When I announced my engagement a few years ago, one friend wrote to say he was very happy for me but wondered if I might be squandering my talents on a small neighborhood church, and said a suburban megachurch seemed like the congregation I should be influencing as a pastor’s wife.
Matt has received similar questions from people asking why someone with two master’s degrees would serve a community where many people stopped their education after high school.
As a movement we’re excited about churches in the suburbs and churches in thriving cities and even churches in the inner city, but we have very little interest in the hundreds (thousands?) of blue-collar, declining neighborhoods around them. I’m a big fan of having churches anywhere, but it’s curious that we have largely ignored a major socioeconomic sector of the American people.
Is the church allowed to have the equivalent of flyover country?
We like to pretend these mission fields don’t exist because serving here is not easy and doesn’t produce quick results. I’ve said to Matt I’m not too good to be a pastor’s wife here, I’m just not good at being a pastor’s wife here. Most of the people I encounter don’t read many books, travel much, or, often, get my jokes. Many simply want an above-ground pool or a decent pension or some peace between bouts of family drama. In her song “Witness to Your Life,” Lori McKenna sums it up well: “They think this is where life begins and ends/No one reaches, no one transcends/they just learn to live with it.”
This is in stark contrast to the upwardly-mobile Whole Foods families whose rooftops are counted when church planting groups decide where to launch next. I can’t blame them; there’s certainly lots to celebrate about a big start, these organizations can raise more money when their launches bring in the numbers, and educated suburbanites need Jesus. But so do the people in places like Levittown, and just because we don’t have a formula for it doesn’t mean they don’t matter.
The same is true for rural churches. Recently I interviewed Jim Hardy, who leads the Center for Rural Church Advancement at Nebraska Christian College. Hardy founded the CRCA to equip current rural church pastors and to encourage college students to consider rural church as a real ministry option. I love what he’s doing, but I hope he’s prepared for an uphill climb, because rural America’s struggling congregations and declining growth will not lead to the book deals, 100-baptism-Sundays, and conference speaking gigs that announce success in our churches and thus attract our most ambitious young leaders.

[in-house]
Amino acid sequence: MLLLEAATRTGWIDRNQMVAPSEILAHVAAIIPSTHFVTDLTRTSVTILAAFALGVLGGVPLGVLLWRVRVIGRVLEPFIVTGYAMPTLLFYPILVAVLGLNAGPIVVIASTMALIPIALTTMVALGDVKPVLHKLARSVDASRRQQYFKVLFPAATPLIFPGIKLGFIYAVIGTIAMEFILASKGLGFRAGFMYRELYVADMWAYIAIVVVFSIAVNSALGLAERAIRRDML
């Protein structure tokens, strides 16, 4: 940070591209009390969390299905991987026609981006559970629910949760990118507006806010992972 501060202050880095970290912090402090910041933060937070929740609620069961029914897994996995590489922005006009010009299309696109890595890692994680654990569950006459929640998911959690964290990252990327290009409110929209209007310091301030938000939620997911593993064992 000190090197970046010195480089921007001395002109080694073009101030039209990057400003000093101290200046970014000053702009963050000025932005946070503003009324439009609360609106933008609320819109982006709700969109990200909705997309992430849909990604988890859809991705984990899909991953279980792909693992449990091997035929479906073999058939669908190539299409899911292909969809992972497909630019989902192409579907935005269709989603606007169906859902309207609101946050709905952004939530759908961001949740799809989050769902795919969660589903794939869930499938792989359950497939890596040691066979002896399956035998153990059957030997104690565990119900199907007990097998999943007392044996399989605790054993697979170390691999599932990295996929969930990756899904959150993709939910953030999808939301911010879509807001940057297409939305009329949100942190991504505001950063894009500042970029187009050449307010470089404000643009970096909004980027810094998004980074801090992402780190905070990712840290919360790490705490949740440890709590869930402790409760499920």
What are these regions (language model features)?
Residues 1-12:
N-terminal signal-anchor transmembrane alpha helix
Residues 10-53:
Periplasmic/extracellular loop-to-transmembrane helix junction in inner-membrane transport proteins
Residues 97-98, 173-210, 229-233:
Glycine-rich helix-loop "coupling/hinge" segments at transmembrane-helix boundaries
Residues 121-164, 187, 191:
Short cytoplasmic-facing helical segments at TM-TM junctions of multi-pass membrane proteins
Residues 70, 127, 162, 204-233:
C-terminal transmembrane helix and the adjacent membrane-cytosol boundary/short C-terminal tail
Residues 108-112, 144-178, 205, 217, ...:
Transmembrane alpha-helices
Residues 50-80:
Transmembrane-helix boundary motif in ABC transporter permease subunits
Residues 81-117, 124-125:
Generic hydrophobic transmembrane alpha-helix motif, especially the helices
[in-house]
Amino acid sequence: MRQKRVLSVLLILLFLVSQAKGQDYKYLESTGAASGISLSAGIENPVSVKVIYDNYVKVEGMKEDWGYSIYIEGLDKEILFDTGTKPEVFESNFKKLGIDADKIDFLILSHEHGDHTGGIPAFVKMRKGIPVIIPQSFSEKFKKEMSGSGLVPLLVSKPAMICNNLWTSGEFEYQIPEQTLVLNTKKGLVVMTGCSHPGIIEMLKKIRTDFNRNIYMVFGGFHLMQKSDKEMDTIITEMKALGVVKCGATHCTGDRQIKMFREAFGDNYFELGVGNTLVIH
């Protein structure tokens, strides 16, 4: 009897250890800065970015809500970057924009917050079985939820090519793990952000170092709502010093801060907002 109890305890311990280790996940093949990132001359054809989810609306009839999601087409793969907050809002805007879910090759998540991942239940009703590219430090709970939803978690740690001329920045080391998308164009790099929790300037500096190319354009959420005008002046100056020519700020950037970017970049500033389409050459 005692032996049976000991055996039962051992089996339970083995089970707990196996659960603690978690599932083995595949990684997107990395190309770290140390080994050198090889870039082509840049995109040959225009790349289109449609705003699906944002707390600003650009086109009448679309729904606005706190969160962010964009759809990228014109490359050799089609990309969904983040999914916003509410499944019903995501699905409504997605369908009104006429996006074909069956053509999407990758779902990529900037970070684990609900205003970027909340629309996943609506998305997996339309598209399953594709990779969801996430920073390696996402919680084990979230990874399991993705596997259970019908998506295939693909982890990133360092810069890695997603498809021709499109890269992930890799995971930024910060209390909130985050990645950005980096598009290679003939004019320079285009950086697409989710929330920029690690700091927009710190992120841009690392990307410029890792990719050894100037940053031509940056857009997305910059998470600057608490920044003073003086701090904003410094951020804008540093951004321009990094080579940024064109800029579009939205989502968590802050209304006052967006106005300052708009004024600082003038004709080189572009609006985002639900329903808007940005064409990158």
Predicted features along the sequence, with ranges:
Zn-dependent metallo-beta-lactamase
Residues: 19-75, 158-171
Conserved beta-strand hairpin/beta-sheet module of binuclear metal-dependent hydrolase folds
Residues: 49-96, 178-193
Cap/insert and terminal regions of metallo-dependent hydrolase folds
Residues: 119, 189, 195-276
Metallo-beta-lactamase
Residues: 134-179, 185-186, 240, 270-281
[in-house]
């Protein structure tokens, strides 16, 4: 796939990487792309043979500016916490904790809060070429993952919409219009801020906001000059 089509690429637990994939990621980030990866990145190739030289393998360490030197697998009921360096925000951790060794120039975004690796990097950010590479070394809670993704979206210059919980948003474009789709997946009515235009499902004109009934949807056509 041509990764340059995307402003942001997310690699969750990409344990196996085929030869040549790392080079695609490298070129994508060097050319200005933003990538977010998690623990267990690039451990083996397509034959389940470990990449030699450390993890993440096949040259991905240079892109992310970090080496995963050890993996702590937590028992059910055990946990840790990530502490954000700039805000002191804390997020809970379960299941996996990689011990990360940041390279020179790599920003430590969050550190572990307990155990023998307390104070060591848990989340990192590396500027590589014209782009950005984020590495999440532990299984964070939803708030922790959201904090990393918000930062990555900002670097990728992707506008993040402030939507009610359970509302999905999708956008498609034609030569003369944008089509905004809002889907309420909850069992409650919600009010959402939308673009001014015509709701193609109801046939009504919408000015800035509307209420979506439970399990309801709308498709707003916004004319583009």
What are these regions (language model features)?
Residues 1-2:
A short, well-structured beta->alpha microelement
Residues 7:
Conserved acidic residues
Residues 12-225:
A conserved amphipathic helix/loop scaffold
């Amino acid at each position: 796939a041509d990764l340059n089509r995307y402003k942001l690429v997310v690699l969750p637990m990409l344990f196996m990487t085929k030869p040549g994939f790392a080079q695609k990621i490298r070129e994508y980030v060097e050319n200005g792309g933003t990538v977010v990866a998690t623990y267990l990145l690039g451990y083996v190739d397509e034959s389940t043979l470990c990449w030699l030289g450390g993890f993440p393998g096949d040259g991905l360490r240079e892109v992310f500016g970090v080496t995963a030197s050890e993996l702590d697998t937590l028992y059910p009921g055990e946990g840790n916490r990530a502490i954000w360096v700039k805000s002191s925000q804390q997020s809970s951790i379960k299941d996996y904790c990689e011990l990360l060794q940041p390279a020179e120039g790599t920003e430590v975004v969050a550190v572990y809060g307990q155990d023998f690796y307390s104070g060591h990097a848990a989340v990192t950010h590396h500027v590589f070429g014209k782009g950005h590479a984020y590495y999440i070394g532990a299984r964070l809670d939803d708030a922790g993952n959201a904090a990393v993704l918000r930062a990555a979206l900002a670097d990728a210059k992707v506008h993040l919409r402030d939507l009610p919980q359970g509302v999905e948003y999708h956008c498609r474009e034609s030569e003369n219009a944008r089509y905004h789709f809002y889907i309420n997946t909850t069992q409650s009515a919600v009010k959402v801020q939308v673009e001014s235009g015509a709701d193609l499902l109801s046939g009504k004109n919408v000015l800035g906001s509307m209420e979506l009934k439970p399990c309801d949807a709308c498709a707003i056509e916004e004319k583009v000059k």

Again, I understand the desire for bigger, Bible-Belt crowds. A few weeks ago Matt preached the best sermon I’ve ever heard on Jacob wrestling with God, and 85 people were there to hear it. It’s tempting to want a bigger church on a faster track not only because it validates one’s own talents (most people assume if you lead a small church it’s because you can’t do any better), but because it seems like a better leverage of life. If Matt’s going to prepare and preach so well, isn’t his hard work wasted when the message reaches only a few? And do they even understand the quality they’re receiving? If not, why bother?
On days like this I remind myself that, yes, some do appreciate Matt’s consistent investment of life, and that even those who would be happy with spiritual McDonald’s are still better served with steak. I think of the occasional moments of insight and life change we witness among our people, or the nine baptisms in 2013 (did your church baptize the equivalent of 10% of its weekly attendance last year?). I think of St. Augustine who served a little area in modern-day Algeria and still managed to influence the world for centuries.
My first week in Levittown the librarian processing my application for a new card smiled and shrugged her shoulders when I mentioned I’d just moved to the area.
“Don’t judge Pennsylvania by this city,” she said. “This is a hard place.”
It’s kind of true. But that means our best leaders should be here, and thriving suburban churches should be where young guys go to cut their teeth before moving on to more-perseverance-needed mission fields.
We also need to remember these are mission fields; the locals may speak English, but each place has unique cultural and social norms. Many folks avoid these areas because they don’t understand them. To prepare to serve a country as diverse as ours, wouldn’t some Bible college or seminary specialization be helpful? Just as Nebraska Christian College offers students the opportunity to learn more about rural ministry, a few classes about spiritual and socioeconomic differences around the country would prepare graduates to serve in places other than 750-member Indiana churches.
Finally, let’s encourage our single pastors to consider these fields (and, parenthetically, to stay single for a while—who’s really ready to marry at 22?). Sometimes we avoid living in and ministering to these areas because we don’t want to raise our families in them. Even if a town is safe, as Levittown largely is, the schools may be middling (as Levittown’s largely are). Guys and gals who aren’t worried about resale values and college admission have more flexibility in living options and locations.
Ministry in a blue-collar town is not for everyone. Neither is ministry to a multicultural urban church, the residents of an inner-city, or the generations who gather in rural churches. But if we’re serious about reaching the whole world for Jesus, some of us must give our lives to the small churches, the struggling areas, the slowly-but-slowly growth.
Conventional wisdom says if you’re successful, you’re not here. When will we learn that success has more than one definition, and sometimes it includes struggle?